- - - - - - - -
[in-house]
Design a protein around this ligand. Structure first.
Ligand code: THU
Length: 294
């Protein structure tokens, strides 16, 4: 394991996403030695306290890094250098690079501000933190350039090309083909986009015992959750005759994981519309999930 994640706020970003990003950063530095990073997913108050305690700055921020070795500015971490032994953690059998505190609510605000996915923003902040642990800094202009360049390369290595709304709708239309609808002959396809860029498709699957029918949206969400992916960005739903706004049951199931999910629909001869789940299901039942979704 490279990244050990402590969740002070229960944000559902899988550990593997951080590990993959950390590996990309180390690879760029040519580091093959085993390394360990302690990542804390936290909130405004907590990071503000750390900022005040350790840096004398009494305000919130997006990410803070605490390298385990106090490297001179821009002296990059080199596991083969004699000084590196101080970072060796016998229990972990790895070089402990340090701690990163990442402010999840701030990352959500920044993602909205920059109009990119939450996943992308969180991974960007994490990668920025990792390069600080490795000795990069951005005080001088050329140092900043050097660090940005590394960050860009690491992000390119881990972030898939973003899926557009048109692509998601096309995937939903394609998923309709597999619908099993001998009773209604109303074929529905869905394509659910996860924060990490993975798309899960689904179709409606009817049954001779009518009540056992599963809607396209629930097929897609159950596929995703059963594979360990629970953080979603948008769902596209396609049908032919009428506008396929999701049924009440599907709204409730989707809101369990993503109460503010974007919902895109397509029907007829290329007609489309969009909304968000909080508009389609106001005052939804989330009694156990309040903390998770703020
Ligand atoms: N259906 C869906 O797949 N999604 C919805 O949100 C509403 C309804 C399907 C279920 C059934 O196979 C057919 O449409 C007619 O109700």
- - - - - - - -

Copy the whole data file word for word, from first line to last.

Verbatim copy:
[in-house]
Design a protein around this ligand. Structure first.
Ligand code: THU
Length: 294
């Protein structure tokens, strides 16, 4: 394991996403030695306290890094250098690079501000933190350039090309083909986009015992959750005759994981519309999930 994640706020970003990003950063530095990073997913108050305690700055921020070795500015971490032994953690059998505190609510605000996915923003902040642990800094202009360049390369290595709304709708239309609808002959396809860029498709699957029918949206969400992916960005739903706004049951199931999910629909001869789940299901039942979704 490279990244050990402590969740002070229960944000559902899988550990593997951080590990993959950390590996990309180390690879760029040519580091093959085993390394360990302690990542804390936290909130405004907590990071503000750390900022005040350790840096004398009494305000919130997006990410803070605490390298385990106090490297001179821009002296990059080199596991083969004699000084590196101080970072060796016998229990972990790895070089402990340090701690990163990442402010999840701030990352959500920044993602909205920059109009990119939450996943992308969180991974960007994490990668920025990792390069600080490795000795990069951005005080001088050329140092900043050097660090940005590394960050860009690491992000390119881990972030898939973003899926557009048109692509998601096309995937939903394609998923309709597999619908099993001998009773209604109303074929529905869905394509659910996860924060990490993975798309899960689904179709409606009817049954001779009518009540056992599963809607396209629930097929897609159950596929995703059963594979360990629970953080979603948008769902596209396609049908032919009428506008396929999701049924009440599907709204409730989707809101369990993503109460503010974007919902895109397509029907007829290329007609489309969009909304968000909080508009389609106001005052939804989330009694156990309040903390998770703020
Ligand atoms: N259906 C869906 O797949 N999604 C919805 O949100 C509403 C309804 C399907 C279920 C059934 O196979 C057919 O449409 C007619 O109700």